How sensitive subject matter can be handled in TV productions

How sensitive subject matter can be handled in TV productions

Sunday, 17th December 2023
A smiling woman holds her hand out in a wave, covered in gold glitter
HIV Positive But Proud (Credit: BBC)
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Shooting challenging subject matter for documentaries requires creative film-making – and trust between film-makers and contributors.

At an RTS Technology Centre event in November, an expert panel discussed their work on sensitive productions.

Jade Blue McCrossen-Nethercott, who was raped while she was asleep, told her story in the BBC Three documentary Sexsomnia: Case Closed?, which followed her battle for justice after the Crown Prosecution Service wrongly dropped her case.

“It was a very alien experience,” she recalled. “For me, it was about ensuring I was comfortable with [the film-makers’] approach and intentions…. [There] was a lot of open and transparent conversation… and establishing clear boundaries.”

Blanca Munoz, who was involved with producing and shooting Sexsomnia: Case Closed?, said that before filming “we always checked if Jade wanted to have a session with an expert psychologist… who had experience in understanding whether by filming a contributor we could expose her to further harm…. We couldn’t betray the trust that Jade had put in us.”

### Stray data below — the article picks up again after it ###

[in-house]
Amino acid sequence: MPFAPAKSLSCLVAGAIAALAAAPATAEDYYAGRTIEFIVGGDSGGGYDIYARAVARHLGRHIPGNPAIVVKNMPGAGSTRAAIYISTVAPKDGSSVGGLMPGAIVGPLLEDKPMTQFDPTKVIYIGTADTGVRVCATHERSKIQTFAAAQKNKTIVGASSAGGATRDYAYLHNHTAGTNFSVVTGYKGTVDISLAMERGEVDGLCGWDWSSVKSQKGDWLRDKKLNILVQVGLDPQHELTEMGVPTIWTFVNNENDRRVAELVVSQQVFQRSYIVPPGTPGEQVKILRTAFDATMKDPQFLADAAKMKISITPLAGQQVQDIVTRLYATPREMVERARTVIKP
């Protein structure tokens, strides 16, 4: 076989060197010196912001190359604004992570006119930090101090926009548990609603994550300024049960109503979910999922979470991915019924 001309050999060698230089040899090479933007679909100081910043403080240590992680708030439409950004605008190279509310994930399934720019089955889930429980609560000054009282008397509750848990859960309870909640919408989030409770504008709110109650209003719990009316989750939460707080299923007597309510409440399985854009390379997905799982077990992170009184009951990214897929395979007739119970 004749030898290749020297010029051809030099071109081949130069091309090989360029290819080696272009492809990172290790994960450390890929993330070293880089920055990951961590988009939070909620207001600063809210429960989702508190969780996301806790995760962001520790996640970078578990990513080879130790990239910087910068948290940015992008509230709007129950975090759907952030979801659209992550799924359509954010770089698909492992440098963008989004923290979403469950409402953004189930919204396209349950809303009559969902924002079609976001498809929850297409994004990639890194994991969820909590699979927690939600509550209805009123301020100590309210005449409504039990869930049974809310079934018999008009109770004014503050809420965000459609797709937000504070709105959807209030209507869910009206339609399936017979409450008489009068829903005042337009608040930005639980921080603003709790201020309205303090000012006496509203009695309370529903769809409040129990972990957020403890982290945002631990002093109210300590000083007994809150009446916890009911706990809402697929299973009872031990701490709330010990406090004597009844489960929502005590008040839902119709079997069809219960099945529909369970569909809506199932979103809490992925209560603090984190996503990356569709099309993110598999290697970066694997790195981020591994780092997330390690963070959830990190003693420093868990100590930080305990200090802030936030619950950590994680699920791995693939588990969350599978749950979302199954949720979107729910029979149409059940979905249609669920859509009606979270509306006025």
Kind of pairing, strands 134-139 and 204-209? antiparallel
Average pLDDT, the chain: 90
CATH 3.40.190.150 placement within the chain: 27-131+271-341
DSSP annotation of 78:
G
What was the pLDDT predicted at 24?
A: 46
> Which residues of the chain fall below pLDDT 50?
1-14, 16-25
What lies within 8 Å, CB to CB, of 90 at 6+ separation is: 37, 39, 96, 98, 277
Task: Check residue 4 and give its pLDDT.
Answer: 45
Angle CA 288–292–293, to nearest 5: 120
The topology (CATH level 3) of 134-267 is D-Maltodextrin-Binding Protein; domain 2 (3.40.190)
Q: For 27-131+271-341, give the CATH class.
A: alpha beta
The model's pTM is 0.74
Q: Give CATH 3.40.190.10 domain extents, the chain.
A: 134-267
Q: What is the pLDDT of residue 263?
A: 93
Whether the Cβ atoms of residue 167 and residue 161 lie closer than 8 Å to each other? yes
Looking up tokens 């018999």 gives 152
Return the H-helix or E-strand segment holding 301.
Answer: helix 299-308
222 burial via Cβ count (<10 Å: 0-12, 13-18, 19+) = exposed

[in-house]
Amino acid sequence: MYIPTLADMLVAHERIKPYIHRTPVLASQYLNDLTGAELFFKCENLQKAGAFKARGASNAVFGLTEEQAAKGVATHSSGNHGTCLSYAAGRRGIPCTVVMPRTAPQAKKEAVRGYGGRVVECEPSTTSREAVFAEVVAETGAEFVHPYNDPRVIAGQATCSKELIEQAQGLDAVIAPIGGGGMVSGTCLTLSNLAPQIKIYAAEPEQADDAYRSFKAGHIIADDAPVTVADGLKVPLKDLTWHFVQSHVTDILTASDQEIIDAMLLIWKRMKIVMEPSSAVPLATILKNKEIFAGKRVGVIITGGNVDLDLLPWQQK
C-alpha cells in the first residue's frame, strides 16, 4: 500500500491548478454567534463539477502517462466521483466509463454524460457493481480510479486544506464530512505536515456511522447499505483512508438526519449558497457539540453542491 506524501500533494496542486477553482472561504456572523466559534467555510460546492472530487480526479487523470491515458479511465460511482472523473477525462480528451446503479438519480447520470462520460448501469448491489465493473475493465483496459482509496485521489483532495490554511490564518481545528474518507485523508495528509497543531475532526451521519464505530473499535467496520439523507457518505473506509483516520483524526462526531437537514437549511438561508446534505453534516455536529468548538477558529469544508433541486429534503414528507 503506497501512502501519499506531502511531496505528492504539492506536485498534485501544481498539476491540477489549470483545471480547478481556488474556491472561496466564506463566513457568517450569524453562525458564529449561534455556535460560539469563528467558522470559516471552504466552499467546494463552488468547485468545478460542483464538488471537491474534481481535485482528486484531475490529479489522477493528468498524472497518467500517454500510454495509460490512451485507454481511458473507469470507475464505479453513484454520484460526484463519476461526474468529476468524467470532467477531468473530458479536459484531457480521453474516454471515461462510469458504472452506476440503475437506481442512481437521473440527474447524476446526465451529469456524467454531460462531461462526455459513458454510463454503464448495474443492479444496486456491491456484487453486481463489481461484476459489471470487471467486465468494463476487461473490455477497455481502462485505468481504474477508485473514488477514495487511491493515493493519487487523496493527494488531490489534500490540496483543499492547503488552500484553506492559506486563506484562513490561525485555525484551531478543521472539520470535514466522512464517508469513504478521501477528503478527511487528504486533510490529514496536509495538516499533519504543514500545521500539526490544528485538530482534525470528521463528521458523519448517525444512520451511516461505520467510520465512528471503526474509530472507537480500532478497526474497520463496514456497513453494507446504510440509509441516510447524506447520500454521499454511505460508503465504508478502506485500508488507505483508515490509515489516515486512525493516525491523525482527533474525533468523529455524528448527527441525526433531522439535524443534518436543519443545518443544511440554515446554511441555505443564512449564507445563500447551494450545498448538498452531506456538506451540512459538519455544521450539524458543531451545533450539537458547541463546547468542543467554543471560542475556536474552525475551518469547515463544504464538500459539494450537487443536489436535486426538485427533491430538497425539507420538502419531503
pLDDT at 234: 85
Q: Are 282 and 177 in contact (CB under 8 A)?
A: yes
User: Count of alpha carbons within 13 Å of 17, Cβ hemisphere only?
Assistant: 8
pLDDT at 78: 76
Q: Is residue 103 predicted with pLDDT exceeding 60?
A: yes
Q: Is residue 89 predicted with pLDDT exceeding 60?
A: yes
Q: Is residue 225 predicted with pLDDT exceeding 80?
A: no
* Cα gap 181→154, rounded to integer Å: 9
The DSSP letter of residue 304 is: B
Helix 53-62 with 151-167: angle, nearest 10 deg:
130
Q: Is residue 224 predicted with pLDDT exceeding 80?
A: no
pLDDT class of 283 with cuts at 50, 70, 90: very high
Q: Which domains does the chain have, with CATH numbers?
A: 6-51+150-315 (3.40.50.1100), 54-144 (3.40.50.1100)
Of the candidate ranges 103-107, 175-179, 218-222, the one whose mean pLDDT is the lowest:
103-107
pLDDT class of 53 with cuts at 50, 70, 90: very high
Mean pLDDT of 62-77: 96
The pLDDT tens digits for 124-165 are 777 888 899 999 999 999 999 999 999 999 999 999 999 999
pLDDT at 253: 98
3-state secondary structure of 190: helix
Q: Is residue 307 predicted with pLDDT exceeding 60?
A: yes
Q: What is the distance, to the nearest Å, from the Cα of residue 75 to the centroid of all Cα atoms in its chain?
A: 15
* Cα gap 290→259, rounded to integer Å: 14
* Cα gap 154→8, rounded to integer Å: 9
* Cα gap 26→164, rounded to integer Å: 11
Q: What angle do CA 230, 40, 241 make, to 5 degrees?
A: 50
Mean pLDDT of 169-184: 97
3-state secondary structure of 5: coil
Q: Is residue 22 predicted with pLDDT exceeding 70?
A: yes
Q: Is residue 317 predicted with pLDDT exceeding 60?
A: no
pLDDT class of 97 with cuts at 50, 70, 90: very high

Looking back over three years of filming, McCrossen-Nethercott added: “[My] story was told so beautifully and portrayed the challenges faced when seeking justice…. [The team] exhibited empathy, compassion and professionalism while capturing my life’s most intimate moments as it was crumbling around me. They’ve really left a lasting impact for which I will be eternally grateful.”

Producer/director Ashni Lakhani (HIV Positive But Proud and Under the Skin: The Botched Beauty Business, both made by BBC News) discussed building trust with contributors. “When we get to that final master interview, I want that person to feel so comfortable they forget a camera’s there and that they’ve built such a strong trust with me, they feel like they’re talking to a mate,” she said. “For the audience, it’s going to come across well [because] they’re so natural.”

Polly Harrar, who set up The Sharan Project, a charity that supports South Asian women affected by abuse or persecution, met film-maker Sukki more than a decade ago. Together, they have worked on the short film I See Her, which tells the real-life stories of women trapped in forced marriages and suffering domestic abuse.

I See Her, said Harrar, shows the journey of the victims of abuse “from where they are, through to recovery, to successfully leading an independent life without fear”.

The film, which is silent, avoids depictions of violence, to ensure it is suitable for children and also, said Sukki, because “portraying violence… gives so much power to the perpetrators of abuse”.

The online event “Tackling the taboo” was chaired and produced by Kim Rowell, Managing Editor, News Production, ITN. It can be watched at: